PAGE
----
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Descriptive Analysis and Social Correlates of Agonistic Displays of Anolis Limifrons (Sauria, Iguanidae)

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[Analysis of 666 filmed displays of 23 male Anolis limifrons from Panama revealed: 1) The species has an agonistic repertoire of five head bob patterns (A-E) and one dewlap display. 2) During male-male interactions, the decrease in intermale distance correlates with a progression of display usage from A → B → C → D → E. 3) When lizards exchanged displays within a short time span (1 min), the answering animal usually performed a display type of the same or the next type up in the A → E series, almost never was the answering type further down in the A → E series. 4) The D display is the most elaborate pattern and the E type the least; the E display occurred during face off orientations between combatants when they were within leaping distance of each other. 5) There was a trend for display modifiers to appear with greater frequency with the progression of display types from A to E. 6) Displays were frequently performed in volleys of two to four displays at a time, usually being three to a volley. 7) The first display of a volley was always of "higher" type in the display series A → E than the subsequent display of a volley i.e., B, A, A ; C, B, A ; D, A, A) ; if all the displays of a volley were of the same type, the first contained more modifiers than the others (e.g., introductory movements, more head bobs). 8) Presumably, the stepwise progression of display types from A to E during agonistic encounters reflects increase in motivational state., Analysis of 666 filmed displays of 23 male Anolis limifrons from Panama revealed: 1) The species has an agonistic repertoire of five head bob patterns (A-E) and one dewlap display. 2) During male-male interactions, the decrease in intermale distance correlates with a progression of display usage from A → B → C → D → E. 3) When lizards exchanged displays within a short time span (1 min), the answering animal usually performed a display type of the same or the next type up in the A → E series, almost never was the answering type further down in the A → E series. 4) The D display is the most elaborate pattern and the E type the least; the E display occurred during face off orientations between combatants when they were within leaping distance of each other. 5) There was a trend for display modifiers to appear with greater frequency with the progression of display types from A to E. 6) Displays were frequently performed in volleys of two to four displays at a time, usually being three to a volley. 7) The first display of a volley was always of "higher" type in the display series A → E than the subsequent display of a volley i.e., B, A, A ; C, B, A ; D, A, A) ; if all the displays of a volley were of the same type, the first contained more modifiers than the others (e.g., introductory movements, more head bobs). 8) Presumably, the stepwise progression of display types from A to E during agonistic encounters reflects increase in motivational state.]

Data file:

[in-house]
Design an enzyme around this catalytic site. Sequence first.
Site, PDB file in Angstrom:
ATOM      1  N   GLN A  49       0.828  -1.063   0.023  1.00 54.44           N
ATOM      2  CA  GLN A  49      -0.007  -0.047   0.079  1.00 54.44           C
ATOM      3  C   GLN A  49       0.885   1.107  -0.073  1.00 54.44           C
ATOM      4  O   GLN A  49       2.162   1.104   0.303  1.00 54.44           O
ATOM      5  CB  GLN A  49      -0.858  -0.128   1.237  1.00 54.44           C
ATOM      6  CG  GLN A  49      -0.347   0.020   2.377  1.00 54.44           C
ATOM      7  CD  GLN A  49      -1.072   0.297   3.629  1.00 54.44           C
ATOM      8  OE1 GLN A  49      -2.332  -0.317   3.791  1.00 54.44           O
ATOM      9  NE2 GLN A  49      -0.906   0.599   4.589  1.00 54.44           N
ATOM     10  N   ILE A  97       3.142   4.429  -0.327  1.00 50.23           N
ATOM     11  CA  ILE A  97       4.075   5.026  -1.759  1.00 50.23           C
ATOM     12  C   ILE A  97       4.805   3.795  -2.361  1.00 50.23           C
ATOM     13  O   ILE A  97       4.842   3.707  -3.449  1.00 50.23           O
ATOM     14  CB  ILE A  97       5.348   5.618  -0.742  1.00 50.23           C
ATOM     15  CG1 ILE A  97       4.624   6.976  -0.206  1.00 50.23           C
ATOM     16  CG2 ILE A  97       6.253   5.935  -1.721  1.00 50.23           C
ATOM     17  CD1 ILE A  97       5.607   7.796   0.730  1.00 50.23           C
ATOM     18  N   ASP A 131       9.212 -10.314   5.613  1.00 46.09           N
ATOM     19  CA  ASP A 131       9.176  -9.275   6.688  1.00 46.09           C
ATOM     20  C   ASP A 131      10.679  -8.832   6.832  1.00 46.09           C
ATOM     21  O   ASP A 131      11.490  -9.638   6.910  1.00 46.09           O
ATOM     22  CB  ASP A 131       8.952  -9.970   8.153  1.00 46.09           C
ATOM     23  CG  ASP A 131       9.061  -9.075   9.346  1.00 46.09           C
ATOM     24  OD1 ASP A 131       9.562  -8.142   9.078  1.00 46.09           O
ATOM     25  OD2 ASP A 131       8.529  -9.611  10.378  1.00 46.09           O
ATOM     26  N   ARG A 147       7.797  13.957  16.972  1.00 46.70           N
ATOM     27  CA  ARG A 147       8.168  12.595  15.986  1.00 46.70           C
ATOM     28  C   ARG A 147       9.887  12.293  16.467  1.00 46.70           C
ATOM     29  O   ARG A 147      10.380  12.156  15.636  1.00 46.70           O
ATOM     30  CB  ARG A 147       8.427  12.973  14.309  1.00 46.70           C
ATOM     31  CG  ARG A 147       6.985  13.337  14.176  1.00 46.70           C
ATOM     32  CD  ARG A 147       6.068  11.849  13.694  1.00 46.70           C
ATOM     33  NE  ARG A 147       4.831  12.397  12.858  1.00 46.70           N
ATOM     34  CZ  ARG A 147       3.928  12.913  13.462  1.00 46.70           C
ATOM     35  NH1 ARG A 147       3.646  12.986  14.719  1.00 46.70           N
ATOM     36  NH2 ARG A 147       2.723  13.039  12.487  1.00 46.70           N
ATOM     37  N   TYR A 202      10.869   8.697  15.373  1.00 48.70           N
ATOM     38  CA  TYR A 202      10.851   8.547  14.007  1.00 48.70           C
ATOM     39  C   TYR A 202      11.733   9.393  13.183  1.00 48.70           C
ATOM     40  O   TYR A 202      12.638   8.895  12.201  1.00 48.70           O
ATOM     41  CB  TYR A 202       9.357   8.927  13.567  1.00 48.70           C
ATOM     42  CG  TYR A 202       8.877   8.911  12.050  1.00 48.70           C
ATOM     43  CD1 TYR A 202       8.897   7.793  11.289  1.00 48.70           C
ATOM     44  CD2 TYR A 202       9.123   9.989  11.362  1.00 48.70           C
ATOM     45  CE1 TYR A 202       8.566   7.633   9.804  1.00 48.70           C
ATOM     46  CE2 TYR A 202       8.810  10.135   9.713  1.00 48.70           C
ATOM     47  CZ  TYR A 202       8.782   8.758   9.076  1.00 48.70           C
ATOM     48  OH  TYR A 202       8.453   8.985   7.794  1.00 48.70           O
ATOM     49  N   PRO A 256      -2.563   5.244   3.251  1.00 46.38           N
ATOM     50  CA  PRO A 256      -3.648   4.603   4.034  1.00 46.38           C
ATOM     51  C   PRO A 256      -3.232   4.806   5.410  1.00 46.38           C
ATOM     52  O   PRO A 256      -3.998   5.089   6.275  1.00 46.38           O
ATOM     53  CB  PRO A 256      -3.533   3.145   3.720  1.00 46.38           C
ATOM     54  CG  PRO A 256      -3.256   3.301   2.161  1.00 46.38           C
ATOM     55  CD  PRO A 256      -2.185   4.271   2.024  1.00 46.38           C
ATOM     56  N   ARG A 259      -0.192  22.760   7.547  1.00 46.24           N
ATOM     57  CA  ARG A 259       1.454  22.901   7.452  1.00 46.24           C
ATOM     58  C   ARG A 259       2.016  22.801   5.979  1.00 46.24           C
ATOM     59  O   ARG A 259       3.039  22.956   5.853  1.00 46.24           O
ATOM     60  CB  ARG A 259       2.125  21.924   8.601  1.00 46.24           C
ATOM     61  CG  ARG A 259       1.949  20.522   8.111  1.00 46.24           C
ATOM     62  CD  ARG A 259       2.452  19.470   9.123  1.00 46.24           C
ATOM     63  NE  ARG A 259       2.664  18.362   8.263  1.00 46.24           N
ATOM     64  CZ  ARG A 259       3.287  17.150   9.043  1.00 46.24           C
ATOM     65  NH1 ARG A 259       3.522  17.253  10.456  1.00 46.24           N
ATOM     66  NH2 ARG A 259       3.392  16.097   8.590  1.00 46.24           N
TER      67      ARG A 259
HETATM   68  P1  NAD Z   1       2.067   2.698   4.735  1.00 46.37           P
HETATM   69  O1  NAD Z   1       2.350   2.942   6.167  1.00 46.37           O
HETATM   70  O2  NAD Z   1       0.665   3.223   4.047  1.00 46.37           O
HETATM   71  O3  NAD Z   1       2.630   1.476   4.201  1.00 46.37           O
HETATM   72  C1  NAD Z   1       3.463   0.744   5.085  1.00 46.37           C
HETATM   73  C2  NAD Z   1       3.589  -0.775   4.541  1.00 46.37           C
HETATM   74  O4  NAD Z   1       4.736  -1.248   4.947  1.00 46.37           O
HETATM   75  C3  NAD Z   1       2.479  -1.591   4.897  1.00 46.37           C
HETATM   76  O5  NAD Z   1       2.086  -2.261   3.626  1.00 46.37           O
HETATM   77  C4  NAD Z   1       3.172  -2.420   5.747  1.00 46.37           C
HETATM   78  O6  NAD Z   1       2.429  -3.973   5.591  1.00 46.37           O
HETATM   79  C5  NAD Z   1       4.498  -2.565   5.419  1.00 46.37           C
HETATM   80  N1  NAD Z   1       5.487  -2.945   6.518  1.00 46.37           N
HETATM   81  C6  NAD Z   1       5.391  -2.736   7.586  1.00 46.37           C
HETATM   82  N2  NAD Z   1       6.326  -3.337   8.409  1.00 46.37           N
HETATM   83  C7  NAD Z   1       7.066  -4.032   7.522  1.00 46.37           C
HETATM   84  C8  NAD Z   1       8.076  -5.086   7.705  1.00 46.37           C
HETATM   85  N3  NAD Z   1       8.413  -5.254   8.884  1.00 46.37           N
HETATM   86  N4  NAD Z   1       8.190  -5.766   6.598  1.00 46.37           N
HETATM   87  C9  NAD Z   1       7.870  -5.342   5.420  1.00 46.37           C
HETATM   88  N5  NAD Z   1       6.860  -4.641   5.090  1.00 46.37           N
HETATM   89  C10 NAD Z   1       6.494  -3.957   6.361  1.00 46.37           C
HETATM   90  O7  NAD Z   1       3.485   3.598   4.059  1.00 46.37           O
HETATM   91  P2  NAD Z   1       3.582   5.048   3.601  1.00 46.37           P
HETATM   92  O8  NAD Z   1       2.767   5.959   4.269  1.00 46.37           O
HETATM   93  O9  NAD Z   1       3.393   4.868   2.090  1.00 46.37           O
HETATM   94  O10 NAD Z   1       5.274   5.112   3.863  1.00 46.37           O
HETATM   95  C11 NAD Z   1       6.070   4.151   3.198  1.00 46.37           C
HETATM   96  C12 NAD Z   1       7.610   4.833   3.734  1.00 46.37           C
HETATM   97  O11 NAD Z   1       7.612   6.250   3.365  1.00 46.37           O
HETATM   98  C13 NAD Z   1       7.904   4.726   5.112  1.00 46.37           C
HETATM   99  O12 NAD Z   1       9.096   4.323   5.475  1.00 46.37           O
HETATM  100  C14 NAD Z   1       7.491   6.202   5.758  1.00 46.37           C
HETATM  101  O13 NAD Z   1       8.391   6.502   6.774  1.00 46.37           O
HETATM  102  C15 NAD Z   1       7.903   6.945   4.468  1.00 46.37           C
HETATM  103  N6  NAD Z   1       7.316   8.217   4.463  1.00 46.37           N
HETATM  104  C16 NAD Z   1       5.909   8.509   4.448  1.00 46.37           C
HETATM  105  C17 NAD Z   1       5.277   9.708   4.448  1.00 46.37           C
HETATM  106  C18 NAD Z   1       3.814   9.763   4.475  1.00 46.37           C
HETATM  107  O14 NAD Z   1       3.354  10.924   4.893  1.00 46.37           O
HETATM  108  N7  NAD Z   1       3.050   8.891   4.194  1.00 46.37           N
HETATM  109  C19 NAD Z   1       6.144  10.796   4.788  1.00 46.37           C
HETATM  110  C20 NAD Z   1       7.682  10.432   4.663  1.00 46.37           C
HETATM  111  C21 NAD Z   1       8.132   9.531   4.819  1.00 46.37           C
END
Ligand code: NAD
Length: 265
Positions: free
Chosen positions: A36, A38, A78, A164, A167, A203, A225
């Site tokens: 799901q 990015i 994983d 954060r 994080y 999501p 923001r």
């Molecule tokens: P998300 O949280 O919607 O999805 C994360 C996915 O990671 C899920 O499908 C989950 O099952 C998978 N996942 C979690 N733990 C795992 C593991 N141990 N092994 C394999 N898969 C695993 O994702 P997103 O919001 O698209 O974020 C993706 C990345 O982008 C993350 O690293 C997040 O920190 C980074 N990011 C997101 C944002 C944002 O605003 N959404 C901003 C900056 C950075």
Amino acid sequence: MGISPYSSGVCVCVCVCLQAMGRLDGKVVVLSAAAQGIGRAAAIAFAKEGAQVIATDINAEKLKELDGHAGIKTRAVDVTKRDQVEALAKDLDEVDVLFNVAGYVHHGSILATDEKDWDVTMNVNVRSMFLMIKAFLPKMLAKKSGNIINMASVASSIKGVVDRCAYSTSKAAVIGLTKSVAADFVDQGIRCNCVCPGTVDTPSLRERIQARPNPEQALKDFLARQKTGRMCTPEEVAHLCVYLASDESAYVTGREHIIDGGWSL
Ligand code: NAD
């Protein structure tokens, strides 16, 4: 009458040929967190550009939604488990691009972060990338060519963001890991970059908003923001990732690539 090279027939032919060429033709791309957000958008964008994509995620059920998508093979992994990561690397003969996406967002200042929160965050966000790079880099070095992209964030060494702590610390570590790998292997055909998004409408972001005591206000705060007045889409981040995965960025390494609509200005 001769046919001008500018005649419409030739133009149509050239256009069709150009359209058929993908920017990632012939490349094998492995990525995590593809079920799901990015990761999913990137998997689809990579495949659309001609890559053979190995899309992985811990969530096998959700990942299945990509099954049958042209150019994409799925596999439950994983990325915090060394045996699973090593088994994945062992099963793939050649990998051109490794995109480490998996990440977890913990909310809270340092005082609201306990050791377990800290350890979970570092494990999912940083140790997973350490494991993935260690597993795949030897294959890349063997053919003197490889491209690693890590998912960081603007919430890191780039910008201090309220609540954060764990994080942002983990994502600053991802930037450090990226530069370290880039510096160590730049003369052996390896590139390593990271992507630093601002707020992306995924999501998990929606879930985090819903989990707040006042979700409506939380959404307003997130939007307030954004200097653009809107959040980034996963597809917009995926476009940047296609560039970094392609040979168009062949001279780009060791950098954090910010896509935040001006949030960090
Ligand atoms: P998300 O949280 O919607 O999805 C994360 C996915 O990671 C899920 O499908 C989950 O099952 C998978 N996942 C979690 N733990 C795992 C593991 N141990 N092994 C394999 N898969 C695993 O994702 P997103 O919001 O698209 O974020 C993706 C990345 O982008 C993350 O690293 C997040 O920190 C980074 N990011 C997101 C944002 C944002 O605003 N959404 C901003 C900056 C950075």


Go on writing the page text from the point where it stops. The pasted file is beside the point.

Affiliations: 1: (Biology Department, Virginia Polytechnic Institute and State University, Blacksburg, Va., U.S.A.

10.1163/156853976X00163
/content/journals/10.1163/156853976x00163
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/content/journals/10.1163/156853976x00163
1976-01-01
2016-10-01

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